Matt, are you seriously contending that an insurer wouldn't change its actuarial predictions of payouts in response to several record-breaking verdicts and settlements achieved by Edwards? Really now.

I do believe I did specifically reference "the injury that person suffered," though I fail to see what the doctors who are paying for the injury had to do with it, and note that you have yet to identify a single thing that can be found in the "record in any of [Edwards's] cases" that obviates the scientific evidence. You seem to be trying to imitate the Monty Python Argument Clinic sketch, so you can have the final "No, it isn't" unless you have something substantive to say.


Again, Ted, put forth some evidence from those specific cases. Then your position that they were unjust will have some merit. Right now what you're saying is akin to arguing that most drunk drivers don't kill anyone, so any finding that one did kill one couldn't possibly be correct.

If the overall payouts remain flat or decline over a period of time, the occasional high payout should not justify the sharp increase in rates. Does a rash of defense verdicts cause rates to decline? Of course not.

Don't worry about responding, I'm just having a little fun with you.


Payouts weren't down in North Carolina. They were certainly higher in 1998, when Edwards stopped practicing, than they were when he started practicing, which is the relevant timeframe for purposes of our discussion.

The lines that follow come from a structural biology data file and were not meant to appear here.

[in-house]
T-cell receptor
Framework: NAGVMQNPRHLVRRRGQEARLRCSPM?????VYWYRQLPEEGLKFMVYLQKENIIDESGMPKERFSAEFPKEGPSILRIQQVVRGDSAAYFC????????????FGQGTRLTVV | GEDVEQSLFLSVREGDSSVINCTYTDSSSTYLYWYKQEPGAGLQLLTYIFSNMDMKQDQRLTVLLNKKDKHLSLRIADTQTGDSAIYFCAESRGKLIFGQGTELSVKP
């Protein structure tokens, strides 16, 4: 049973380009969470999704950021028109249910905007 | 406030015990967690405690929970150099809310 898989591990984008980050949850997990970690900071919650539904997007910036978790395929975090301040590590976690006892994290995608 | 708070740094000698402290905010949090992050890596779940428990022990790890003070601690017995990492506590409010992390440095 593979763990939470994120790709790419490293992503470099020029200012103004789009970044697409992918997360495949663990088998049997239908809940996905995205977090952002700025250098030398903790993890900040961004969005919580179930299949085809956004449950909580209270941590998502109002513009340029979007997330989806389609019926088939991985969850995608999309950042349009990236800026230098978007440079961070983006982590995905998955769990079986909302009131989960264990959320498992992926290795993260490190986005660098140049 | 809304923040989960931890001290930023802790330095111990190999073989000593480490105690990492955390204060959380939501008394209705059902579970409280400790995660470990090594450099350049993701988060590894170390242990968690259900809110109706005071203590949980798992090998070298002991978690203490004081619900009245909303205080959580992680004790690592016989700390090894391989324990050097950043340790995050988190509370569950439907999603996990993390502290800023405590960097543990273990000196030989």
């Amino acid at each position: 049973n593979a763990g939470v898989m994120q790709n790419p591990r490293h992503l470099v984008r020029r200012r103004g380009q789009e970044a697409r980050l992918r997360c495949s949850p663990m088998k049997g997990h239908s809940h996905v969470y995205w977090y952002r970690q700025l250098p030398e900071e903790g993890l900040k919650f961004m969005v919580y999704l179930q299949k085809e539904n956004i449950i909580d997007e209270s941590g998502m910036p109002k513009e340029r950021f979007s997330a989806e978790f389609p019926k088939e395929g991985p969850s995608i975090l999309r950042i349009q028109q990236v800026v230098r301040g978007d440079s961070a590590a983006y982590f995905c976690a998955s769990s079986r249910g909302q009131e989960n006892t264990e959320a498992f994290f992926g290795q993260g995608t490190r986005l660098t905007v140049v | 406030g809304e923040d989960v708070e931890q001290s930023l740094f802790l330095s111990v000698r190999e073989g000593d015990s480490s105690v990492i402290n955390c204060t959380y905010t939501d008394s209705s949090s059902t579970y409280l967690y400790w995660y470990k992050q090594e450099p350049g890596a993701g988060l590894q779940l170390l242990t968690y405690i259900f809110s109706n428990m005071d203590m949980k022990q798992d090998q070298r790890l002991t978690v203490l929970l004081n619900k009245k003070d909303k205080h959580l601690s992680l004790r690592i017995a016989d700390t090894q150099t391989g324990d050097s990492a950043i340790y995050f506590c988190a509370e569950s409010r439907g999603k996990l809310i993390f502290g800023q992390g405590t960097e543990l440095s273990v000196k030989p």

I've stated repeatedly that I'm not aware of a single Edwards cerebral palsy case that was not based on the same false junk-science premise, so I'm not sure what you're complaining I'm omitting.


I don't mean to have anyone rushing outside to look for signs of the Apocalypse, but I agree with Ted--what lawyers mean by 'frivolous' is not what the average Joe means by that term. Any lawsuit filed against Joe, or people Joe likes, is frivolous; any lawsuit filed by Joe, or against people Joe dislikes, is meritorious.

Although isn't the dead-baby argument the same one raised in defense of the Ford Pinto? We make all kinds of decisions that we know will result in some deaths, etc. etc.


This is really my favorite:

"there's no question that such consequences are a real social cost of the failure to cap non-economic damages."

If an insurance company executive only gets the 5-series instead of the 7-series because damages weren't capped, the terrorists have already won.